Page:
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I am wanting to setup a internal development server (LAMP), I need the web team to be able to access different developments sites ie:

example1.local example2.local example3.local etc

from within the network.

I believe it would be something to do with DNS?

Any help would be appriciated.

Kyle

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4 Answers 4

Solution 1: create a "hosts" file containing:

yourip  example1.local 
yourip  example2.local 
yourip  example3.local

then copy this hosts file to every workstations that need to access ".local" fake-domain

Solution 2: set a closed-view name system (only your network could query).

Solution 3: try ns delegations on sub-domains.

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ok, i presume you are talking about the windows hosts file? how would it load the different sites on the server? –  Kyle Hudson Mar 21 '10 at 17:31
    
If you use apache it can be could done by using virtualhost. "Hosts" doesn't only works for windows, it can be in linux (/etc/hosts) too. –  Ta Coen Mar 22 '10 at 6:16
    
hosts file as the first option? Bad idea. Too much trouble and maintenance. –  John Gardeniers Mar 22 '10 at 8:16
    
Yes, I agree with you John. But it's for "example3.local" isn't? –  Ta Coen Mar 22 '10 at 12:53
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I've done this in my last few significant development servers.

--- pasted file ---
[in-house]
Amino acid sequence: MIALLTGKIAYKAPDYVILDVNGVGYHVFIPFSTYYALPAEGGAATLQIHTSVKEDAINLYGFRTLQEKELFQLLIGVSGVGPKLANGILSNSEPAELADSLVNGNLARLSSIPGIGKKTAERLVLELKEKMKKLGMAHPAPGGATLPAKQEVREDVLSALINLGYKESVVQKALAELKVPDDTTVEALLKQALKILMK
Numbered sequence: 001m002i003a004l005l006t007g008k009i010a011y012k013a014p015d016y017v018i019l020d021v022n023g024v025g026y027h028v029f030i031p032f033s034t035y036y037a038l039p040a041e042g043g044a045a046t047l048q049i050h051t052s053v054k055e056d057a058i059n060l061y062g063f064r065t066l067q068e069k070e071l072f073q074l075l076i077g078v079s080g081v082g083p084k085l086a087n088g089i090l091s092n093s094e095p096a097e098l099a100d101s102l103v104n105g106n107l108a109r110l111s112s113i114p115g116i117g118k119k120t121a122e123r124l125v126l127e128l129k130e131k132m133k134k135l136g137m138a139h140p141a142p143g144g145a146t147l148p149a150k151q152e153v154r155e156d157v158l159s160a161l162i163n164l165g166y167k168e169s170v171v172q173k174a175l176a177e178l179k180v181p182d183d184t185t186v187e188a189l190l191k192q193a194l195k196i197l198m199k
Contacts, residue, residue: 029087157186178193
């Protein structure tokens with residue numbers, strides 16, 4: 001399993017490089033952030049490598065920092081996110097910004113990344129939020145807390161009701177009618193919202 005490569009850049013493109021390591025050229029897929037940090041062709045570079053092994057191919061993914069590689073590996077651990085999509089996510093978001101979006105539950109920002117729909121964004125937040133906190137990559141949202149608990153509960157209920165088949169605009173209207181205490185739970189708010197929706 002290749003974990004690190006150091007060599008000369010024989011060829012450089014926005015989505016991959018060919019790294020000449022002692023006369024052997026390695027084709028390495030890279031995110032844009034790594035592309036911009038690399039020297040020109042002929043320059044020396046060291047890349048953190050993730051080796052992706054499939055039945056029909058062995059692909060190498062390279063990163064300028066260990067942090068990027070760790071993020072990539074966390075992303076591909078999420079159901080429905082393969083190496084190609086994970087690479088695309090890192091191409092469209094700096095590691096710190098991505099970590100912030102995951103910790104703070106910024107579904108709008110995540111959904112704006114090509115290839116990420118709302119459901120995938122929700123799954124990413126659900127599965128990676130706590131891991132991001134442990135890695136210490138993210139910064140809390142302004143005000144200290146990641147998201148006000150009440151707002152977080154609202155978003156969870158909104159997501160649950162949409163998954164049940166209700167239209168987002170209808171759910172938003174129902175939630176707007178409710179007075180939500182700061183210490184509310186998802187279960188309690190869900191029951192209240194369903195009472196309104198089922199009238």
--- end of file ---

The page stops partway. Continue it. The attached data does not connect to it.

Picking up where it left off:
I use dbdns to setup a DNS server under my control on the server, with the 'tinydns' and 'dnscache' programs running.

In tinydns, I setup a custom/local top-level DNS space (/service/dnscache/root/data):

# Nameservers for the local TLDs
.virtual::ns.virtual
# an address for the machine
=virtual:192.168.1.100
=ns.virtual::192.168.1.100
# TLD and a second level DNS wildcard
+virtual:192.168.1.95:
+*.virtual:192.168.1.95:
# some have specific addresses
+fred.virtual:192.168.1.97

Then, I tell dnscache where to look for *.virtual domain names car of the file: /service/dnscache/root/servers/virtual

 # which IP address tinyDNS runs on
 127.0.0.1

Now, going to bill.virtual (or anything else not specifically give) will return 192.168.1.95.

Set the address of the dnscache server as the local name servers and you too should be able to ping the address of bill.virtual - and then you can have those names picked up with Apache to serve websites.

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Thanks for the reply, I am not sure where to start with your solution :( –  Kyle Hudson Mar 21 '10 at 17:06
    
info on installing: cr.yp.to/djbdns/install.html –  Alister Bulman Mar 21 '10 at 21:19
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You need to use name based virtualhosts in your apache config to make the httpd server serve the correct websites according to the dns correponding name.

For the name resolution to work, if you don't own a dns server you can adjust the hosts file on the client workstations.

Hope this helps.

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While there are a number of ways to go about this DNS is the best, as it will give you an open-ended system that does not require any changes on the clients. If you already have an internal DNS server simply create a new zone with the appropriate settings and records.

If you don't already have an internal DNS server you'll find BIND is very easy to install and configure on Linux. If you have a Windows server you could use the Windows DNS on that.

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